- Representing structures of organic molecules
- Naming simple alkanes
- Naming alkanes with alkyl groups
- Correction - 2-propylheptane should never be the name!
- Common and systematic naming: iso-, sec-, and tert- prefixes
- Naming alkanes with ethyl groups
- Alkane with isopropyl group
- Organic chemistry naming examples 2
- Organic chemistry naming examples 3
- Naming a cycloalkane
- Naming two isobutyl groups systematically
- Organic chemistry naming examples 4
Correction - 2-Propylheptane should never be the name! Created by Sal Khan.
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- Why not delete both of these and redo the video? Imagine watching the previous video only before a test...(3 votes)
- actually, it's better this way. because we will remember this mistake and learn from it. I will never make the mistake again. so, it is actually a learning experience. :)(265 votes)
- What about 4-propylheptane? I mean, both possible chains would have 7 carbons...(14 votes)
- 4-propylheptane would imply the propane group is at the 4th carbon of a heptane. Its a proper name but not what is shown.(3 votes)
- So 2-Propylheptane doesn't exist?
Thanks for a nice video!(4 votes)
- 2-Propylheptane exists but not under that name. If you look for it on-line or in a chemical dictionary, you won’t find it.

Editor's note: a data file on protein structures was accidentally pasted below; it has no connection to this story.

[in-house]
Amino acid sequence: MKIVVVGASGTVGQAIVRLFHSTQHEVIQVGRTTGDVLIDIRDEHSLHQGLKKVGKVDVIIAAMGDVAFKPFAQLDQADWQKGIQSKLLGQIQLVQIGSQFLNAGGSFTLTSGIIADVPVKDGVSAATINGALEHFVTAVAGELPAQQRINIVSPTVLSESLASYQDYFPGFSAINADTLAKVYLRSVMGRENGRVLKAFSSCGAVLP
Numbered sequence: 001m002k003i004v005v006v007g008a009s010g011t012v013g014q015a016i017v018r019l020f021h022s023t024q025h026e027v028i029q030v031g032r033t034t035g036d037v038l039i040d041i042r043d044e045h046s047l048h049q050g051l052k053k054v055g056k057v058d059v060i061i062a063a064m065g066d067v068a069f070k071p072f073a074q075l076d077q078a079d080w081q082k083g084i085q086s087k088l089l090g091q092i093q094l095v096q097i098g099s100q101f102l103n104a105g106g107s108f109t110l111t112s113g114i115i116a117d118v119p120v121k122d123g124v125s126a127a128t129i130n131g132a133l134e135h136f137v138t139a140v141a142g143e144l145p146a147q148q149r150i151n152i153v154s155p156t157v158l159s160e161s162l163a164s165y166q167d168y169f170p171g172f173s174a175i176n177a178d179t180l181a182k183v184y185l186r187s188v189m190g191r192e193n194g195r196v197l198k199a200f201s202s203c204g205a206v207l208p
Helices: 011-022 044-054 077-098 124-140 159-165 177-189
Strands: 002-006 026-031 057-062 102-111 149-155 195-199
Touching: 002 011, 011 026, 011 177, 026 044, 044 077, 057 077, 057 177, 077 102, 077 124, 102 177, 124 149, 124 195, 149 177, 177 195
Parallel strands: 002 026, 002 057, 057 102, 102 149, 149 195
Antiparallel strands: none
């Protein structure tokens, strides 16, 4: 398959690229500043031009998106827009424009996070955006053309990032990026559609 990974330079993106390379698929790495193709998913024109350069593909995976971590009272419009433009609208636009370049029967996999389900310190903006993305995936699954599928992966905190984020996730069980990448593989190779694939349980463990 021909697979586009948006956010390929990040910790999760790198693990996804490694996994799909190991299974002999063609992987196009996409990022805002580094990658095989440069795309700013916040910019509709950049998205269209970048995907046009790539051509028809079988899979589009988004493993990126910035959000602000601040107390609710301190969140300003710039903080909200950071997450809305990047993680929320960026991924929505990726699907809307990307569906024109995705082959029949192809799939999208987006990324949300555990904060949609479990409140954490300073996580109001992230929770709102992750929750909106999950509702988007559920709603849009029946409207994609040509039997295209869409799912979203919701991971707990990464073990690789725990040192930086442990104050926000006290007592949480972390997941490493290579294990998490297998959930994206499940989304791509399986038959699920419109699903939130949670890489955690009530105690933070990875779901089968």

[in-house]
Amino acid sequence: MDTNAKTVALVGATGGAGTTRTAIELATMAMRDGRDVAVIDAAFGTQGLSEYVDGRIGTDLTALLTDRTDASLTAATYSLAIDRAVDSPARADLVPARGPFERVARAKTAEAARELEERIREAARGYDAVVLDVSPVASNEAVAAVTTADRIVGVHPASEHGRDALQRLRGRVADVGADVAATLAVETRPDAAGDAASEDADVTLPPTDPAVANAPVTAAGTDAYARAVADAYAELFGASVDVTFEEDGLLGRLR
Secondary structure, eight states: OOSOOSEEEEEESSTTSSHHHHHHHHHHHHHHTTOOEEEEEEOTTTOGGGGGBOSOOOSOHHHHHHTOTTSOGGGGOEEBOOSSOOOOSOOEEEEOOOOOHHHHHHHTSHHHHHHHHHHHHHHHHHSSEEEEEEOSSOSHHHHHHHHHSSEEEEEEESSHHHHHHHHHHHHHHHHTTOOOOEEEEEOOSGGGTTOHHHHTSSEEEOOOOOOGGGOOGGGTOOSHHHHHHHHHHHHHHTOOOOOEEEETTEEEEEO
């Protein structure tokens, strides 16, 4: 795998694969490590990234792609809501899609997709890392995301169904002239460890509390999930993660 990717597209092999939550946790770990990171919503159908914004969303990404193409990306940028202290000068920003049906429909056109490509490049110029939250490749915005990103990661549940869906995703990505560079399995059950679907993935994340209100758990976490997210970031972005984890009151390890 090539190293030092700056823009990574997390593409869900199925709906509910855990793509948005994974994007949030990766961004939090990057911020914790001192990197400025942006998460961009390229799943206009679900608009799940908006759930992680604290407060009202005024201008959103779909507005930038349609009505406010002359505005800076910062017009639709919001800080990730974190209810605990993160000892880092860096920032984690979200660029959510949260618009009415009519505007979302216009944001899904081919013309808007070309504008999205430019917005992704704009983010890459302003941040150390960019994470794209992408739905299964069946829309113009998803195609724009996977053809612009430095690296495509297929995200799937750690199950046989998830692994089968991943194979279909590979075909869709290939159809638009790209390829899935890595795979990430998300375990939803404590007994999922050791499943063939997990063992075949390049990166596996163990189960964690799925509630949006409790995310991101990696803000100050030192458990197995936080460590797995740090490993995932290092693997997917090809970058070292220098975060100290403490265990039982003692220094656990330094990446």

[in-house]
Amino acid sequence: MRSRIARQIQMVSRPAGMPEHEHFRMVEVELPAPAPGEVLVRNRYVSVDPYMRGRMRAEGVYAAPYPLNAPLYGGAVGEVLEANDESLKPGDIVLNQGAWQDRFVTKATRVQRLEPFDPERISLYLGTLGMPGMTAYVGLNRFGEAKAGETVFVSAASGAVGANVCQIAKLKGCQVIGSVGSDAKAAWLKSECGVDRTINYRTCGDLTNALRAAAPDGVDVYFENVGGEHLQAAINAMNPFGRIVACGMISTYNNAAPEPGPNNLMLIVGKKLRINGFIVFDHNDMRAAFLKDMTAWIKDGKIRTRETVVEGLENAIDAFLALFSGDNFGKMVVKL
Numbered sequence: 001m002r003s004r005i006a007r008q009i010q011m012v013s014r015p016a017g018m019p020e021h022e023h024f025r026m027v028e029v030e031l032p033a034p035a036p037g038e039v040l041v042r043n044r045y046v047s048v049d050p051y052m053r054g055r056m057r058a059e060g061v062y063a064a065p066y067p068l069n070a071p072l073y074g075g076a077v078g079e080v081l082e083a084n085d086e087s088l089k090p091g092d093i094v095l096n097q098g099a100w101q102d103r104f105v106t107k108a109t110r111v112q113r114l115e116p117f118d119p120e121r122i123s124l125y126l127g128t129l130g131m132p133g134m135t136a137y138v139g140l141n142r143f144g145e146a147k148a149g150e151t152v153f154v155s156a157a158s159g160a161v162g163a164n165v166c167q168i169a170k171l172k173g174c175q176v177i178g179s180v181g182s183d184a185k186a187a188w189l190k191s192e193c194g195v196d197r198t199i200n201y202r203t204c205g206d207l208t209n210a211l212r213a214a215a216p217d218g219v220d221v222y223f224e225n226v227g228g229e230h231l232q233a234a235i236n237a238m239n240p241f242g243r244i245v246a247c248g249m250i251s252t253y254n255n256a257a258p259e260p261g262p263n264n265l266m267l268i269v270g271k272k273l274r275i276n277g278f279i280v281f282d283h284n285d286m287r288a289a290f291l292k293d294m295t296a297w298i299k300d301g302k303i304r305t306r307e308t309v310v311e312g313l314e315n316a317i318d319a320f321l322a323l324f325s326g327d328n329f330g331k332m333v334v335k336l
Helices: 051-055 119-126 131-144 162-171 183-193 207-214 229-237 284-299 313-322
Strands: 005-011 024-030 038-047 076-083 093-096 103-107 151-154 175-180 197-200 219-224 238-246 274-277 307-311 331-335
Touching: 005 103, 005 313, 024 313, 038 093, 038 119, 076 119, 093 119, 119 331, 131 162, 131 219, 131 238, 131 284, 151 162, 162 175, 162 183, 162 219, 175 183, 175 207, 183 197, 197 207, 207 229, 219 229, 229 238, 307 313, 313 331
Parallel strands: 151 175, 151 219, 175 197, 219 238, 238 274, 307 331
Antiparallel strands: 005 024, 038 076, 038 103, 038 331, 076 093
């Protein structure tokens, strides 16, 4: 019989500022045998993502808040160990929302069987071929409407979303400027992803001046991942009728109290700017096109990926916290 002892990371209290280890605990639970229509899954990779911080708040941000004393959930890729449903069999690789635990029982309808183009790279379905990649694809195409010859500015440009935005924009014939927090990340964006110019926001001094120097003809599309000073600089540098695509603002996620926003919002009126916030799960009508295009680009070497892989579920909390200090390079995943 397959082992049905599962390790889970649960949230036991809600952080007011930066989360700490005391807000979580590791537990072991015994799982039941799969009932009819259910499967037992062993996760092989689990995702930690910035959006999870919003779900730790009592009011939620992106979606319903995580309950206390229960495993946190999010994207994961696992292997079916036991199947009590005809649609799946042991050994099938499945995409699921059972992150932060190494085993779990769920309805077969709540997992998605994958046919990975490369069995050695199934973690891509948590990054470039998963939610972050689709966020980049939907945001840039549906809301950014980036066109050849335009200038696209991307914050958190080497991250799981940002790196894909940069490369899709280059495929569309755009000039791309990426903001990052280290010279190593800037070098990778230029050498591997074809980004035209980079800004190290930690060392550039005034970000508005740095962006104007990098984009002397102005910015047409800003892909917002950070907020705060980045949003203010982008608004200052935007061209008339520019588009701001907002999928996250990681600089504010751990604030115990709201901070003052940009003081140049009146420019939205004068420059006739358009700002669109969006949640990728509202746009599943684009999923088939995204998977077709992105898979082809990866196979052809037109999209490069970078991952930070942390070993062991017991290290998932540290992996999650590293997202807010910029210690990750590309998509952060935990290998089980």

In the same way, if your nickname is Yoshi, you will still exist and your friends will know who you are, but you won’t be found in any official records under that name.(11 votes)
- What is Keyton,Ester, Aldehyde,Alcohol,Ether & Carboxylic Acid in the functional group?Can someone tell me?(1 vote)
- An alcohol has an O atom with an H on one side and an alkyl group on the other side: R-O-H.
An ether has an O atom with an C on one side and a C on the other: R-O-R'.
An aldehyde has a carbonyl (C=O) group with a C on one side and an H on the other: R-(C=O)-H.
A ketone has a carbonyl (C=O) group with a C on one side and an C on the other: R-(C=O)-R.
A carboxylic acid has a carbonyl (C=O) group with a C on one side and an OH on the other: R-(C=O)-OH.
An ester has a carbonyl (C=O) group with a C on one side and an OR on the other: R-(C=O)-OR.(11 votes)
- what if the chain on both sides are the same length?(2 votes)
- If two chains of the same length are competing for selection as the main chain, you choose the one that has the lowest substituent numbers at the first point of difference.(5 votes)
- Is "3,3 dimethyl prop-1-yne (or 3,3 dimethyl 1-propyne)" a correct name a the structure?(2 votes)
- No, one of your "methyl" groups would go into the backbone of the molecule, so the name would be 3-methyl-1-butyne.(3 votes)
- Hi, In my chem uni study guide it says the longest unbranched chain. so it would be propyl heptane but your saying its not. Can you clarify if the longest chain you are showing here is branched or unbranched? im getting 2 different explanations and im not sure whats right.(2 votes)
- Try drawing out the structure for "2-propylheptane" and then figure out the longest unbranched chain.
You will find that the side chain is not a propyl group!
Consequently the correct name will be something different.(3 votes)